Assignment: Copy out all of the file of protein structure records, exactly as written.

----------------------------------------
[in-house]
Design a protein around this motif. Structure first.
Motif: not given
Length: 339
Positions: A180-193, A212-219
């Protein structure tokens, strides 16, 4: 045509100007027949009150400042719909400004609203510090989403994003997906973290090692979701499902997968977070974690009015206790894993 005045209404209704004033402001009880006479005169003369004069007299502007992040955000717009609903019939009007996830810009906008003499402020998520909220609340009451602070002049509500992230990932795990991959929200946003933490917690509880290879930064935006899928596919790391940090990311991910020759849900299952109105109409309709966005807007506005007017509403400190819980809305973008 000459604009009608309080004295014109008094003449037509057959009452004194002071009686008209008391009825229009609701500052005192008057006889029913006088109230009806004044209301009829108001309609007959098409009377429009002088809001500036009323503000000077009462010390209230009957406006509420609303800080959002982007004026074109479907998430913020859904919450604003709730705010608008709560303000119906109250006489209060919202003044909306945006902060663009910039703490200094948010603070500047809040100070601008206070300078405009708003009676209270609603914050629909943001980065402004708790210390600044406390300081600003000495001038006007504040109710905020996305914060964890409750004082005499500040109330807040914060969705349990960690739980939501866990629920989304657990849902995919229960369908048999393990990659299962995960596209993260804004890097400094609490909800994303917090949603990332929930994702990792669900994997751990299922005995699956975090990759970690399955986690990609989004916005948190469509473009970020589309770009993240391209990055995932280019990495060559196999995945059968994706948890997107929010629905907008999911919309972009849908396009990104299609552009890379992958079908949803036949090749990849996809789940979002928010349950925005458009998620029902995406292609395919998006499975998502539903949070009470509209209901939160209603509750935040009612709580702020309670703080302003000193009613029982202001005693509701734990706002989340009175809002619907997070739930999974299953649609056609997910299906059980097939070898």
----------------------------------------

[in-house]
Design a protein around this motif. Structure first.
Motif: not given
Length: 339
Positions: A180-193, A212-219
């Protein structure tokens, strides 16, 4: 045509100007027949009150400042719909400004609203510090989403994003997906973290090692979701499902997968977070974690009015206790894993 005045209404209704004033402001009880006479005169003369004069007299502007992040955000717009609903019939009007996830810009906008003499402020998520909220609340009451602070002049509500992230990932795990991959929200946003933490917690509880290879930064935006899928596919790391940090990311991910020759849900299952109105109409309709966005807007506005007017509403400190819980809305973008 000459604009009608309080004295014109008094003449037509057959009452004194002071009686008209008391009825229009609701500052005192008057006889029913006088109230009806004044209301009829108001309609007959098409009377429009002088809001500036009323503000000077009462010390209230009957406006509420609303800080959002982007004026074109479907998430913020859904919450604003709730705010608008709560303000119906109250006489209060919202003044909306945006902060663009910039703490200094948010603070500047809040100070601008206070300078405009708003009676209270609603914050629909943001980065402004708790210390600044406390300081600003000495001038006007504040109710905020996305914060964890409750004082005499500040109330807040914060969705349990960690739980939501866990629920989304657990849902995919229960369908048999393990990659299962995960596209993260804004890097400094609490909800994303917090949603990332929930994702990792669900994997751990299922005995699956975090990759970690399955986690990609989004916005948190469509473009970020589309770009993240391209990055995932280019990495060559196999995945059968994706948890997107929010629905907008999911919309972009849908396009990104299609552009890379992958079908949803036949090749990849996809789940979002928010349950925005458009998620029902995406292609395919998006499975998502539903949070009470509209209901939160209603509750935040009612709580702020309670703080302003000193009613029982202001005693509701734990706002989340009175809002619907997070739930999974299953649609056609997910299906059980097939070898």